As Jewish wealth grew in those early days, Jewish philanthropy grew as well. The community donated large sums for local schools, libraries, and hospitals and helped local Burmese in many different ways. The Burmese were very appreciative of this aid and the country was a welcome and tolerant home for Jews for many years.
The golden days of Jewish life in Burma came to a close when the Japanese invaded in 1941. Japanese occupation forced most of the Jewish community, along with most of the British colonial population, to flee to other countries. Some Jews returned after the war, but they soon realized that the beautiful life they remembered was no more and their homes and wealth were gone.
Even so, there were promising relations between postwar Burma and the new State of Israel. Burma and Israel both achieved their independence in 1948 and Burma recognized the State of Israel in 1949; it was the first Asian country to do so. Burmese Prime Minister U Nu was the first foreign head of state to visit the newly independent State of Israelin 1955. Six years later, Israeli Prime Minister David Ben Gurion spent two weeks in Burma. President Yitzhak Ben-Zvi, Golda Meir, Moshe Dayan, and Shimon Peres also visited Burma.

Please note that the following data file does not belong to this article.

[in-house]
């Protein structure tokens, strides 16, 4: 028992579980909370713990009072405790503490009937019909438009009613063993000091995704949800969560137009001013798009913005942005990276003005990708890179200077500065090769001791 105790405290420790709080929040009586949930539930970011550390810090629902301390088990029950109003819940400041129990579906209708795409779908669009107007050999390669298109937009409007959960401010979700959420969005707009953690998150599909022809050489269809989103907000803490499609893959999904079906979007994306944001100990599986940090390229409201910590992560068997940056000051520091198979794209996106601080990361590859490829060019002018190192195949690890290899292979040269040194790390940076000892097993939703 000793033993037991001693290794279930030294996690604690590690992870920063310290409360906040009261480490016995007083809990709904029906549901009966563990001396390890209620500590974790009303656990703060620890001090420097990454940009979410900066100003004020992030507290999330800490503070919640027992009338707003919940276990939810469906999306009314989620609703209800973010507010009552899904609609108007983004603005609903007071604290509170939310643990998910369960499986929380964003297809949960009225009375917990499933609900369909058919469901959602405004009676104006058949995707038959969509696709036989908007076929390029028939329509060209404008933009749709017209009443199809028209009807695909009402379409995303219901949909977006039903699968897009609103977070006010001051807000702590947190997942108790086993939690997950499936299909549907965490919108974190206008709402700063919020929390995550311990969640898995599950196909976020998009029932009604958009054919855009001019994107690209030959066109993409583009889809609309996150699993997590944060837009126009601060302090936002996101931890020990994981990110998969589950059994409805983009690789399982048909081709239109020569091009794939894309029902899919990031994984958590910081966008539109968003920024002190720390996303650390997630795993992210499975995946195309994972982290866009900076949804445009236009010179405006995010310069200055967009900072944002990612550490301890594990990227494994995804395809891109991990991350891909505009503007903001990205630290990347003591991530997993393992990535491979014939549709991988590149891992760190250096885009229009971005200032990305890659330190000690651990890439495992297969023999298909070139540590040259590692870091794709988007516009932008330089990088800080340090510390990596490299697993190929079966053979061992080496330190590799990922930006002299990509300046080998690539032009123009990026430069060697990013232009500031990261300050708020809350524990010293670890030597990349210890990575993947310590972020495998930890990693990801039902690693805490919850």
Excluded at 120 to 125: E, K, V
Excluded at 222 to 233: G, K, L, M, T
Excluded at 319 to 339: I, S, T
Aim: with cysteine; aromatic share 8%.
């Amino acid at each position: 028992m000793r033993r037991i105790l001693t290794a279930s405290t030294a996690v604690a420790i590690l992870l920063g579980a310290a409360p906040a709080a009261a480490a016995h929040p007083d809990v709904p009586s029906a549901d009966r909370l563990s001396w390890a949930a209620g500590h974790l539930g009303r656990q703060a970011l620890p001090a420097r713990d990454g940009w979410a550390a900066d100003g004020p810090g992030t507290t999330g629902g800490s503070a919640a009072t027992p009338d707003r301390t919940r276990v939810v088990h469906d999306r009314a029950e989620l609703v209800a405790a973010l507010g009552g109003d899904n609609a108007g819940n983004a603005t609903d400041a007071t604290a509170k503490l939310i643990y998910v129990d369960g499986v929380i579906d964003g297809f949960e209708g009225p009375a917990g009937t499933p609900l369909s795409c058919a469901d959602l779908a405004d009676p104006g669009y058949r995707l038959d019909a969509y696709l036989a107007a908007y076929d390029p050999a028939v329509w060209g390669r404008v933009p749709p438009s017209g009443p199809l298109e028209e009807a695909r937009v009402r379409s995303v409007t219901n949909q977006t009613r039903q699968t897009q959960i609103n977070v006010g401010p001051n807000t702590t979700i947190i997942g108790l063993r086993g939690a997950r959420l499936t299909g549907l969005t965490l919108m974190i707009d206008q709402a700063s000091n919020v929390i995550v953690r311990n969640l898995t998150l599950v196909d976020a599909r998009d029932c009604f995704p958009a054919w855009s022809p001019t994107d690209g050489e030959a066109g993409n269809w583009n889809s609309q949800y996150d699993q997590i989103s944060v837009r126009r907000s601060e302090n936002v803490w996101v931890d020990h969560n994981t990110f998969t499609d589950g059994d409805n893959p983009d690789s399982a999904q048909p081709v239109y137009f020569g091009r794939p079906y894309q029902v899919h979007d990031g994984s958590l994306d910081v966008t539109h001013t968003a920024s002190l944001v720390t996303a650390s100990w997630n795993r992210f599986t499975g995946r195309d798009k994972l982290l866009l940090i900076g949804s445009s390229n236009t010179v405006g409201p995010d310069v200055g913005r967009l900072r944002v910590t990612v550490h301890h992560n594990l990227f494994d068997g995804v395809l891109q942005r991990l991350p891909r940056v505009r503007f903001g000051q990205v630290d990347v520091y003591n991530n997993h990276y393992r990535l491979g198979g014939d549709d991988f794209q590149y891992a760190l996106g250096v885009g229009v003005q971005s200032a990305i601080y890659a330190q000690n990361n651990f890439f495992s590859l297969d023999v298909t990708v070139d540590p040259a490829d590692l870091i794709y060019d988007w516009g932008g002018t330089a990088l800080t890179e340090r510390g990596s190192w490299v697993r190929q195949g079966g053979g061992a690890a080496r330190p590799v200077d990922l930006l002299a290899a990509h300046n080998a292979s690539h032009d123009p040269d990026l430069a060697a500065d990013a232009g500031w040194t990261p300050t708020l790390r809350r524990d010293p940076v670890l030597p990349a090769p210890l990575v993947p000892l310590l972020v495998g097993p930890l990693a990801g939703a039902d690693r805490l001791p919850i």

Despite these cordial relations, Jews found it difficult to regain their lives and re-establish their businesses in Burma after World War II. The Jews of Burma scattered to Israel, Australia, England, and the United States. Since then, the Burmese Jewish community has continued to decrease in population.
Today, only a handful of Jews live in Burma. For more than 35 years, my family has taken care of the synagogue, cemetery, and what remains of the community. Burma and the Jewish community has always been our home since the 1890s or perhaps even earlier when my great-grandparents left Baghdad to start a new life in the vibrant city of Rangoon. During World War II, my grandfather, Isaac Samuels, risked his life for the synagogue; today, we still revere the same building and its history, which encompasses Jewish life in Burma.